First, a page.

Fintech may be grabbing all the headlines but promising start-ups still come up against the same major roadblocks that they’ve always faced.

“If you ask any room of startups what's their biggest problem, it’s access to capital,” Jeremy Liddle, chief executive of capital raising accelerator CapitalPitch, recently said at the Afiniation Showcase fintech conference.

More than 93 per cent of US-based start-ups fail at the fund raising stage according to the US Securities and Exchange Commission and “it's a lot worse here” says Liddle.
The Afiniation Showcase, held in Sydney in September, attracted more than 30 fintech startups eager to raise capital. CapitalPitch has worked with a number of them, evaluating and strengthening their businesses in preparation to find a lead investor, who is then likely to propel the capital raising to its ultimate target by bringing in other investors.

While global fintech financing activity jumped to an estimated $US12 billion in 2014 from just $US3 billion the previous year, Australian venture capital has been traditionally hard to come by.

Liddle said the CapitalPitch platform had raised about $30 million in September with about $9 million committed. 

“Interestingly the majority of money is coming from individuals but the process that we're putting in place has been really well validated by all the big funds.”

Institutional investors such as super funds have long shied away from the sector, which has a notoriously high failure rate, until First State Super and Hostplus Super backed a $200 million-plus Blackbird Ventures-managed technology fund in September.

It is little surprise then that many start-ups are looking across the Tasman to the success of a more enterprising solution: equity crowdfunding.

The wisdom of crowds


Traditional crowdfunding, where supporters pledge money to a project in return for token incentives, has successfully launched tech start-ups such as smartwatch Pebble (which raised more than $US20 million on the Kickstarter platform) and virtual reality gaming headset Oculus Rift (which raised more than $US2.4 million).

Equity crowdfunding is the natural next step: the sale of Oculus to Facebook for $US2 billion would have netted the original crowdfunders a return of more than 145 times if they had equity instead of gifts.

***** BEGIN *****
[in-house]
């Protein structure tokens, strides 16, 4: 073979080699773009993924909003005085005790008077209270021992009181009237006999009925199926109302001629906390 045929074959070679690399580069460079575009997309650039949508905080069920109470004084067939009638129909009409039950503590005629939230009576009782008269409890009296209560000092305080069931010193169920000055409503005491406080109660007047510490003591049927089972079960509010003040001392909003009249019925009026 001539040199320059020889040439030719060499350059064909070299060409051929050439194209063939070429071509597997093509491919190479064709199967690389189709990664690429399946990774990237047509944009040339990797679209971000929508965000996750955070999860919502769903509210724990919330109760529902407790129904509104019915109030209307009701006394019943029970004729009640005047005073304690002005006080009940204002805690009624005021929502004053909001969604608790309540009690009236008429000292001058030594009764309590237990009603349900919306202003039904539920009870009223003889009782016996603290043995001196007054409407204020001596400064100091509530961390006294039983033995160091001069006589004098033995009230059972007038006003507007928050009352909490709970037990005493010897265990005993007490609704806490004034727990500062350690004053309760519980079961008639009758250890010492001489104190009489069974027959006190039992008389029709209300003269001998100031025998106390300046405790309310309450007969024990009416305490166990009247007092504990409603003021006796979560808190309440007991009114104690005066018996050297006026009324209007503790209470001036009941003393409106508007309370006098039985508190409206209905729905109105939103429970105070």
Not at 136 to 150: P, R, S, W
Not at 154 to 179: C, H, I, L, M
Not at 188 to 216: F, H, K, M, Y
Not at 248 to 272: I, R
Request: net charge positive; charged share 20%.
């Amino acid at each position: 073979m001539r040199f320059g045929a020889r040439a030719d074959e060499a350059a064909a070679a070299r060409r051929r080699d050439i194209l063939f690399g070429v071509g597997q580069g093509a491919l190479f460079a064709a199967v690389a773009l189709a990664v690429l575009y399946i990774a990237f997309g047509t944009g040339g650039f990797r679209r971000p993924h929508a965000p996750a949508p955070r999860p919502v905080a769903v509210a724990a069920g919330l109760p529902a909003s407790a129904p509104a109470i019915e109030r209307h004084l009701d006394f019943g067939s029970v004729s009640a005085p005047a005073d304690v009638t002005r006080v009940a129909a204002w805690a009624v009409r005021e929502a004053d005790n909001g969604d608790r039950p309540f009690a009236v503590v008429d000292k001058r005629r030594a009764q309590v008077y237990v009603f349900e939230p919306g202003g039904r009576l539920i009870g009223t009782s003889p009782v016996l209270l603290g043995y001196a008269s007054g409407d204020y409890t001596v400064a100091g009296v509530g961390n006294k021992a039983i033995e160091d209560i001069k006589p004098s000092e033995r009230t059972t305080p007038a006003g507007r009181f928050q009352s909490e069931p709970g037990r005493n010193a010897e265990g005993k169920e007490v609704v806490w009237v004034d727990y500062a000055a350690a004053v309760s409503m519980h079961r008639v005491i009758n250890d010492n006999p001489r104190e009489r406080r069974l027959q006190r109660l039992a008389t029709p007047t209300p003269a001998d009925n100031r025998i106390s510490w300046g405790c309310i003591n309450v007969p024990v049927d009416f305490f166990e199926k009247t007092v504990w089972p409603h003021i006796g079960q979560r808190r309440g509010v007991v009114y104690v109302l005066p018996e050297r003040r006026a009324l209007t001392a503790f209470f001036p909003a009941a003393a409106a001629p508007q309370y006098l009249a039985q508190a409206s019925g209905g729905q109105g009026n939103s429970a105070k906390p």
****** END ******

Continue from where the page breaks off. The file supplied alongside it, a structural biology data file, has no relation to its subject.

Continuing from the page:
Global equity-based crowdfunding grew 182 per cent to $US1.1 billion last year, according to massolution’s 2015CF – Crowdfunding Industry Report. It has become a well-accepted part of business in countries such as the UK while the New Zealand government rolled out its own legislation in April 2014.

My Angel Investment is one of a growing number of NZ firms helping companies raise equity crowdfunding capital – about $NZ14 million has already been raised across the local industry according to the company’s chief investment officer Blair Pritchard.

“In Australia the strategy of the Abbott government was to introduce a crowdfunding regime,” Pritchard said at the Afiniation Showcase: “There is crowdfunding in Australia but it is somewhat hampered by the lack of a law that enables it – it is quite stifling.”

It is a situation expected to change under new tech-savvy Prime Minister Malcolm Turnbull.

“He told us that if he had his way he would just simply take the New Zealand legislation, cross out ‘New Zealand’ and write ‘Australia’ there,” Pritchard said. “So we’re very optimistic about reform here being quite soon and [it being] a very streamlined and effective regime. If that happens we're certain that the adoption and expansion of crowdfunding in this country will be very rapid.”

My Angel Investment recently took up residence in Sydney-based fintech hub Stone & Chalk, where it will roll out its Australian operations.

In October, the Turnbull government confirmed that it would consult on draft legislation to implement crowd-sourced debt and equity funding legislation by the end of the year. It remains to be seen what caps the government places on equity crowdfunding and whether the legislation will only apply to public companies, which would likely stifle the number of start-ups participating.

Protecting investors remains a key concern particularly given the high-risk nature of the venture capital sector and the difficulty that retail investors have in assessing the viability of any business.

In New Zealand, equity crowdfunding is overseen by its regulator, the Financial Markets Authority, which limits individual offers to $2 million over a 12-month period. Minimum investments can be as low as $100 (depending on the fund raising) although My Angel Investment co-founder Mark Malcolm suggests investors take a portfolio approach to lower risk.

The US SEC has also now rolled out draft legislation enabling equity crowdfunding, which requires companies to lodge certain financial information (depending on how much money they aim to raise) and disclose it to potential investors. The SEC will also limits retail investors to investments of $US2000 (or 5 per cent of their annual income) or 10 per cent of their income (or aggregate net worth if it exceeds $US100,000).
This article represents the views and opinions of the author and do not necessarily reflect the opinions of BPAY.
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